Designed by Oscar Murray of Bertram Grosvenor Goodhue Associates and consecrated on September 29, 1928, Christ Church Cranbrook is considered one of the most important achievements of the American Arts & Crafts Movement. Originally part of the Cranbrook Educational Community, the church became a freestanding congregation in the Episcopal Diocese of Michigan in 1973. The Gothic Revival church is rich in architectural detail and full of historic paintings, tapestries, and other appointments by world-renowned artists and craftsmen including work by woodcarver John Kirchmayer and silversmith Arthur Nevill Kirk, stained glass designs by G. Owen Bonawit, sculptures on the exterior buttresses by Lee Lawrie, and a large fresco at the front of the church by Katherine McEwen.

12:40 p.m. Bus transport to Cranbrook Campus Dining Hall.
1:00 – 1:40 p.m. Luncheon at Cranbrook Campus Dining Hall (advanced purchase required and recommended since there are no practical options in the vicinity; attendees to be sent instructions upon registration).
1:40 – 5:15 p.m. Tour Saarinen House, Cranbrook Archives and Collections Wing, Kingswood School, and Frank Lloyd Wright’s Smith House.

Saarinen House is Eliel Saarinen’s Art Deco masterwork and the jewel of Cranbrook’s architectural treasures. Designed in the late 1920s and located at the heart of Cranbrook Academy of Art, from 1930 through 1950 Saarinen House served as the home and studio of the Finnish-American designer Eliel Saarinen—Cranbrook’s first resident architect and the Art Academy’s first president and the head of the Architecture Department—and Loja Saarinen—the Academy’s first head of the Weaving Department and director of Studio Loja Saarinen. The extraordinary interior, now impeccably restored, features Saarinen’s original furnishings, including Eliel’s delicately veneered furniture and Loja’s sumptuous textiles, as well as decorative designs by their daughter Pipsan Saarinen Swanson and early furniture designs by their son, Eero Saarinen.

Cranbrook Archives is the primary research center for the documentation and study of Cranbrook Educational Community’s remarkable history. As Cranbrook’s official repository, the Archives is responsible for collecting, preserving, and making available community and divisional records of permanent value. In addition, the Archives collects the papers of members of the Booth, Scripps, and Saarinen families; the records of Christ Church Cranbrook and ancillary organizations affiliated with Cranbrook; as well as the personal papers of faculty, staff, alumni, and other individuals who have been associated with the community since its founding in 1904.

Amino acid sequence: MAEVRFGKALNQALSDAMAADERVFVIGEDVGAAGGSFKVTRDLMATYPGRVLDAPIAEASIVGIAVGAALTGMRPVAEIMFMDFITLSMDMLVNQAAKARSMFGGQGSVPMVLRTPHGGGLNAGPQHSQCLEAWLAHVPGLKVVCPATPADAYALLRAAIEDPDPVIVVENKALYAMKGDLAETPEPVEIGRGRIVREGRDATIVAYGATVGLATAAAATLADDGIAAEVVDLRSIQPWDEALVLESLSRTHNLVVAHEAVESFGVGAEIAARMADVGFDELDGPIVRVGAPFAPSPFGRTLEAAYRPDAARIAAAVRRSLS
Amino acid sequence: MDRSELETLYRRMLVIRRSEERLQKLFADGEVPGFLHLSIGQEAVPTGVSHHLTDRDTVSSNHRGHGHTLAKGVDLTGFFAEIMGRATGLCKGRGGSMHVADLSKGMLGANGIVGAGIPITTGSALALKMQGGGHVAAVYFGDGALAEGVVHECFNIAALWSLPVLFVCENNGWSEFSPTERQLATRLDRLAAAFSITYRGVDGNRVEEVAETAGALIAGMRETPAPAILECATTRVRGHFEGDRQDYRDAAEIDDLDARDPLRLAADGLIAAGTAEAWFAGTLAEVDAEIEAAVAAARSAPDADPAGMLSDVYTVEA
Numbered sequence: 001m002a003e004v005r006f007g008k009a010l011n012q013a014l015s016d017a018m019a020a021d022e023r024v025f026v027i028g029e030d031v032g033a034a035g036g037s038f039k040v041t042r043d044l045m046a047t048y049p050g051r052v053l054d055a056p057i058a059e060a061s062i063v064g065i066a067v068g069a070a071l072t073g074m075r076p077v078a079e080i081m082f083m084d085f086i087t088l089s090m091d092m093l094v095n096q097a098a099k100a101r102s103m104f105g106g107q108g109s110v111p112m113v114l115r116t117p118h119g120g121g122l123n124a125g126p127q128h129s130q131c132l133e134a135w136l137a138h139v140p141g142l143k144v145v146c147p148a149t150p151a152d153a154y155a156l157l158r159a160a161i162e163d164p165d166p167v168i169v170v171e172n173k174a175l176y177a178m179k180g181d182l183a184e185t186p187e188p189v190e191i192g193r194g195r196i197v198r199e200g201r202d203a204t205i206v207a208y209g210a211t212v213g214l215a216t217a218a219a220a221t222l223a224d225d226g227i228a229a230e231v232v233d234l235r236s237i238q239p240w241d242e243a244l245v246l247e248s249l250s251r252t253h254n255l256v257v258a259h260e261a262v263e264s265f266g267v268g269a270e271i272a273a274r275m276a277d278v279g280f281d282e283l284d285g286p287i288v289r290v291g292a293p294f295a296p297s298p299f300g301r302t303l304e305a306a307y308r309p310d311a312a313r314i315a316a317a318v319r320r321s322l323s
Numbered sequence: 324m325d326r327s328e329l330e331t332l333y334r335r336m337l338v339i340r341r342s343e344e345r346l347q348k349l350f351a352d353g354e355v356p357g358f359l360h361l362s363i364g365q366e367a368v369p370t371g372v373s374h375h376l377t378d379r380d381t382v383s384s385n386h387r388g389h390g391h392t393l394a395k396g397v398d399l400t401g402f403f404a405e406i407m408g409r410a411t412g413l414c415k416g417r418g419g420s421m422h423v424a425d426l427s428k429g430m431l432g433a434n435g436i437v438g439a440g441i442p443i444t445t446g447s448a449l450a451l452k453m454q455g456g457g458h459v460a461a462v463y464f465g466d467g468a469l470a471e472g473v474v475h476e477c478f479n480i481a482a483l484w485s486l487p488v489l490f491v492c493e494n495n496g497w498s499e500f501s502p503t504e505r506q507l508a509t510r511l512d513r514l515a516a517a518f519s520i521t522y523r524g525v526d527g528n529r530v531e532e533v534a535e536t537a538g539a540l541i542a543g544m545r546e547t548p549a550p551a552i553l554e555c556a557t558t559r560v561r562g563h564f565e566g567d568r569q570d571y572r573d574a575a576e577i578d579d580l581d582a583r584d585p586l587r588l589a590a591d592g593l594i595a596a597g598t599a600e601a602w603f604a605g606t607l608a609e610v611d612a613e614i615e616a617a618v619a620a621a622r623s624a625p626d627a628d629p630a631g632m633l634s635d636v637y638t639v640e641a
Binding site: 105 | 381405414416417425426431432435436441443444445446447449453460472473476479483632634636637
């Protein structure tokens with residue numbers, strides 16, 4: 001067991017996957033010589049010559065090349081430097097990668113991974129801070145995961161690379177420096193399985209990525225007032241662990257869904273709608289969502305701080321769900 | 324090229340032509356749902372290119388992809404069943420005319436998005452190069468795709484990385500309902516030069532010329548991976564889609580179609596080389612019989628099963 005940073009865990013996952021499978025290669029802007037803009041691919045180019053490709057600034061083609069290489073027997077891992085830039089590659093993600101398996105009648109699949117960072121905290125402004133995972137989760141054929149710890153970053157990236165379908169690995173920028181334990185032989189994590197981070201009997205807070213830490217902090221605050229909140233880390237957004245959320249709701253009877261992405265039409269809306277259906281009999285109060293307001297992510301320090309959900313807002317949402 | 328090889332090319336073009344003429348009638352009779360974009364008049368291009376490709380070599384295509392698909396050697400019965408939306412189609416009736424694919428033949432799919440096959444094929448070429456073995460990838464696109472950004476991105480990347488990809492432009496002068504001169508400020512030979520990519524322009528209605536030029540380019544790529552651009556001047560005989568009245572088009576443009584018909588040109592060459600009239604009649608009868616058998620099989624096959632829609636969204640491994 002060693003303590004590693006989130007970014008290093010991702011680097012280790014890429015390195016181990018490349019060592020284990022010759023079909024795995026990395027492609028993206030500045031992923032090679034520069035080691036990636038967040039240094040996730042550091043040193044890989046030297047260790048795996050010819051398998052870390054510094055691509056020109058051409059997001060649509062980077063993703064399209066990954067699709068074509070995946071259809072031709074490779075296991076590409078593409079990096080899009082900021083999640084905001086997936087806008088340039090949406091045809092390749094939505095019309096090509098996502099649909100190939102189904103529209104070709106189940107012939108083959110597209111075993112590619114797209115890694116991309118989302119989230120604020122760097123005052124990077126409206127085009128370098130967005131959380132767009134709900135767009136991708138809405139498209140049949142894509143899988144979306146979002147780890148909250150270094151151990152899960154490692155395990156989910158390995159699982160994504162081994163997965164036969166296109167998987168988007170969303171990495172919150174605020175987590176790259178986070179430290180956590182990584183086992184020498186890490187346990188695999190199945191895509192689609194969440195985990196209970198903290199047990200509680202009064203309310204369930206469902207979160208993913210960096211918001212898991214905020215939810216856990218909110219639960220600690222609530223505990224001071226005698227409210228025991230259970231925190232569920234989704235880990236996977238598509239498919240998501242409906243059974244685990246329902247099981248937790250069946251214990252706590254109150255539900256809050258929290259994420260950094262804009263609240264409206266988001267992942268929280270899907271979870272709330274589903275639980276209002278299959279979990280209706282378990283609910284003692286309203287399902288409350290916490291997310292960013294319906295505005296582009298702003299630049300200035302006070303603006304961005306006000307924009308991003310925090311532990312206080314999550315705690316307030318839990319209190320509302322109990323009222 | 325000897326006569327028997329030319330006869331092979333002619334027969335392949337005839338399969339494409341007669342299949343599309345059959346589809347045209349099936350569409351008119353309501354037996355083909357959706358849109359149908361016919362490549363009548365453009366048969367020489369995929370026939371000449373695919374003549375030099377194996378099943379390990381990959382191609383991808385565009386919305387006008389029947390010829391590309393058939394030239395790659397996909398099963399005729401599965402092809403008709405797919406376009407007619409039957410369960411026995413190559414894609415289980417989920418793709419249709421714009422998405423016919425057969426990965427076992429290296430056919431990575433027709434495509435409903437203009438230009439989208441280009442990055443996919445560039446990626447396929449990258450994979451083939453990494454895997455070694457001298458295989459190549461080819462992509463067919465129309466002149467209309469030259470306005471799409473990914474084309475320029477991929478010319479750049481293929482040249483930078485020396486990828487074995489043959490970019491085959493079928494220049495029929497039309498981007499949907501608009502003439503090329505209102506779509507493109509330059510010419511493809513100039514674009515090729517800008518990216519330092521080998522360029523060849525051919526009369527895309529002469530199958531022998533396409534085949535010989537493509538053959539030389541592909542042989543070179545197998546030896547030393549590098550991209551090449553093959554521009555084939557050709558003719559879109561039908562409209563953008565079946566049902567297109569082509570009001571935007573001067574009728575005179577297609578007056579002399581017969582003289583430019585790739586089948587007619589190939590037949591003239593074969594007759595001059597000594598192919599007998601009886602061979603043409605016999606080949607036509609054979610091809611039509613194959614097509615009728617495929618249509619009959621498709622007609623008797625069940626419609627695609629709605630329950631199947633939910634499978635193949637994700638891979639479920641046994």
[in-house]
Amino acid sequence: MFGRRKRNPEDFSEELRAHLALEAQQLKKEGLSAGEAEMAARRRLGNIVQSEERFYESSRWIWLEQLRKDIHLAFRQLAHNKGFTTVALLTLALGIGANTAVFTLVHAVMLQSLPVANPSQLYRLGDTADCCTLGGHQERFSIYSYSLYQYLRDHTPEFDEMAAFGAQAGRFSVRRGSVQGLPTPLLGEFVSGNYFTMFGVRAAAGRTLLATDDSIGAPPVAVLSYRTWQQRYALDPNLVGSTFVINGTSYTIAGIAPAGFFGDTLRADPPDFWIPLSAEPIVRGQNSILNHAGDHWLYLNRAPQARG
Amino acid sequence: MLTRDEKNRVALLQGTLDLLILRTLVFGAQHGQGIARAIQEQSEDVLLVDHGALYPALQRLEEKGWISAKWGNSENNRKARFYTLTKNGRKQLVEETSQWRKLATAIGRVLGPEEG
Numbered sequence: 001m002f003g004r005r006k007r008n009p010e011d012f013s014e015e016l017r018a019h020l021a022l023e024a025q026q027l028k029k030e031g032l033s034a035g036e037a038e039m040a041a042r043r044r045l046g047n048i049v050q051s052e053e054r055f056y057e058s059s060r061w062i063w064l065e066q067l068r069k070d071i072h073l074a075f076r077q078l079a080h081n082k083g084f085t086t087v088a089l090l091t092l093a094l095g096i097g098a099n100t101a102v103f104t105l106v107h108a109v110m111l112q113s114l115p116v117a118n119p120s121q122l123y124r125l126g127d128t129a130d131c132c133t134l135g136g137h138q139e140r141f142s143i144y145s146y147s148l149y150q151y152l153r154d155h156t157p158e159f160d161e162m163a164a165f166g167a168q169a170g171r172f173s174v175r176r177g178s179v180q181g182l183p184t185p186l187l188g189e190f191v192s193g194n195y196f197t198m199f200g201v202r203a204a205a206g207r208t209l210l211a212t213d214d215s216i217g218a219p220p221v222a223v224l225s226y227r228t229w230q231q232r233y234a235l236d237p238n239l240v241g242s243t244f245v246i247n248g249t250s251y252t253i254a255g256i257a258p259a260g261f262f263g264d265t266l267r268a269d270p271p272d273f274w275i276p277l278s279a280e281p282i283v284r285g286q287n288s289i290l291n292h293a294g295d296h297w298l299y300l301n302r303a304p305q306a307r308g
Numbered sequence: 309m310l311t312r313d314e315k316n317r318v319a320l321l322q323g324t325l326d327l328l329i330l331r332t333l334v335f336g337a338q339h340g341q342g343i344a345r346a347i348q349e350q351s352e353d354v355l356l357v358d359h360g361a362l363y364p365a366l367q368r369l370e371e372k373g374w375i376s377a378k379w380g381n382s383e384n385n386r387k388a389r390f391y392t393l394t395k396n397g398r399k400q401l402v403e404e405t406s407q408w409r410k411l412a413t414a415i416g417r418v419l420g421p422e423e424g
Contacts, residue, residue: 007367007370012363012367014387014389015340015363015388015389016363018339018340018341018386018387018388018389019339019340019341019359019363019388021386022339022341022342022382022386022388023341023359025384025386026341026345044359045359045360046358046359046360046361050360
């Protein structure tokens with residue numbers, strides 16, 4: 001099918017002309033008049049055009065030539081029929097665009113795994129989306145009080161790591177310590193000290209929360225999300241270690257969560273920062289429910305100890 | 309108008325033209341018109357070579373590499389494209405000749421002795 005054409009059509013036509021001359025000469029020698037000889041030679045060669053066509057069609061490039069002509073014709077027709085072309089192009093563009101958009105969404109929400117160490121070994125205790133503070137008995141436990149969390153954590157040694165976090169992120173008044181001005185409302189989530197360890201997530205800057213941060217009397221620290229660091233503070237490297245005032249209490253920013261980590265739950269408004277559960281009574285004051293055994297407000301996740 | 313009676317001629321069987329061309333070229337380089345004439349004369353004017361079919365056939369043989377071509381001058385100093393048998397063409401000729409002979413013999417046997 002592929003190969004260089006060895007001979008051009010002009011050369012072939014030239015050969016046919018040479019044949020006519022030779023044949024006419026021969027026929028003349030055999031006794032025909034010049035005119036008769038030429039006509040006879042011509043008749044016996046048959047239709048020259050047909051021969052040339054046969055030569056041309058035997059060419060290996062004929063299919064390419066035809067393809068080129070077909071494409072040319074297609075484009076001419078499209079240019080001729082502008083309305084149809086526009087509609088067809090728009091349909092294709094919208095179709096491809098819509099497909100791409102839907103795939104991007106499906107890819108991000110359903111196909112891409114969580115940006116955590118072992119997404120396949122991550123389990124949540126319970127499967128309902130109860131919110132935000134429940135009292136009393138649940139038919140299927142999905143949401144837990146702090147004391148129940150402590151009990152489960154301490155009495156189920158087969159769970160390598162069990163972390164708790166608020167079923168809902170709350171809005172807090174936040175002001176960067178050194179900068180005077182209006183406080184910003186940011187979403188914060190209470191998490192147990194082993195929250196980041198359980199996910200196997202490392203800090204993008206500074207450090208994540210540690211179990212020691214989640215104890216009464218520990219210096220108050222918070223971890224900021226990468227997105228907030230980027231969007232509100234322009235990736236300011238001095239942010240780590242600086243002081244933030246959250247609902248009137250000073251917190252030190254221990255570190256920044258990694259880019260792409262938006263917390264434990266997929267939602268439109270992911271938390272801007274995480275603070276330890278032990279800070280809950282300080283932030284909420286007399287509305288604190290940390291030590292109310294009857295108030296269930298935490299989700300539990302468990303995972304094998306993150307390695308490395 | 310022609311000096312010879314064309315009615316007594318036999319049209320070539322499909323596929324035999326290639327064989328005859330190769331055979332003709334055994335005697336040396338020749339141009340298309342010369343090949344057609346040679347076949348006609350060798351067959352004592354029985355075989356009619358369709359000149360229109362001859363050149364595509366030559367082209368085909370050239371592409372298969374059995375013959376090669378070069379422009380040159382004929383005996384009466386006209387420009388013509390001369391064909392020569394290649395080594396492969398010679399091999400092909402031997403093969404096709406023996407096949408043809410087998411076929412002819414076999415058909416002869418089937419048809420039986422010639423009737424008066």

Considered the American masterpiece of Finnish-American architect Eliel Saarinen, Kingswood School presented a fresh new model for modern academic architecture when it opened in the fall of 1931. The entire Saarinen family was involved in the design of the school: Eliel served as architect; Loja led the design and production of handwoven rugs, window treatments, and upholstery; their daughter Pipsan Saarinen Swanson coordinated paint colors, decorative stenciling, and hand-painted ornament; and their son Eero Saarinen designed furniture and sculptural fittings throughout the building. Originally a school for girls, the building is now part of the coeducational Cranbrook Kingswood Upper School, and rarely opened for public tours.

School teachers Sara Stein Smith and Melvyn Maxwell Smith, undeterred by their modest salaries and guided by a shared love of architecture, met Frank Lloyd Wright at Taliesin in 1941 and commissioned a custom home. Completed in 1950, the Smith House in Bloomfield Township is an excellent example of Wright’s Usonian ideal, which aimed to build quality houses for the American middle class. The home was donated to Cranbrook filled with the Smith’s extensive art collection made by local and national artists.

5:15 p.m. Bus transport back to Cranbrook House
5:30 – 7:30 p.m. Reception at Cranbrook House
7:30 p.m. Buses depart for the Hilton Garden Inn.
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Sunday, October 1, 2023

9:45 a.m. Buses depart the Hilton Garden Inn for Woodlawn Cemetery.
10:15 – 11:15 a.m. Tour Woodlawn Cemetery.
11:15 a.m. Buses depart Woodlawn for Anita’s Kitchen, 22651 Woodward Ave., Ferndale, MI.
11:30 a.m. – 12:50 p.m. Luncheon (on your own) at Anita’s Kitchen (advanced purchase required; attendees to be sent instructions upon registration).
1:00 p.m. Buses depart Anita’s Kitchen for Belle Isle.
1:30 – 3:00 p.m. Tour Belle Isle Aquarium.
3:00 p.m. Buses return to the Hilton Garden Inn.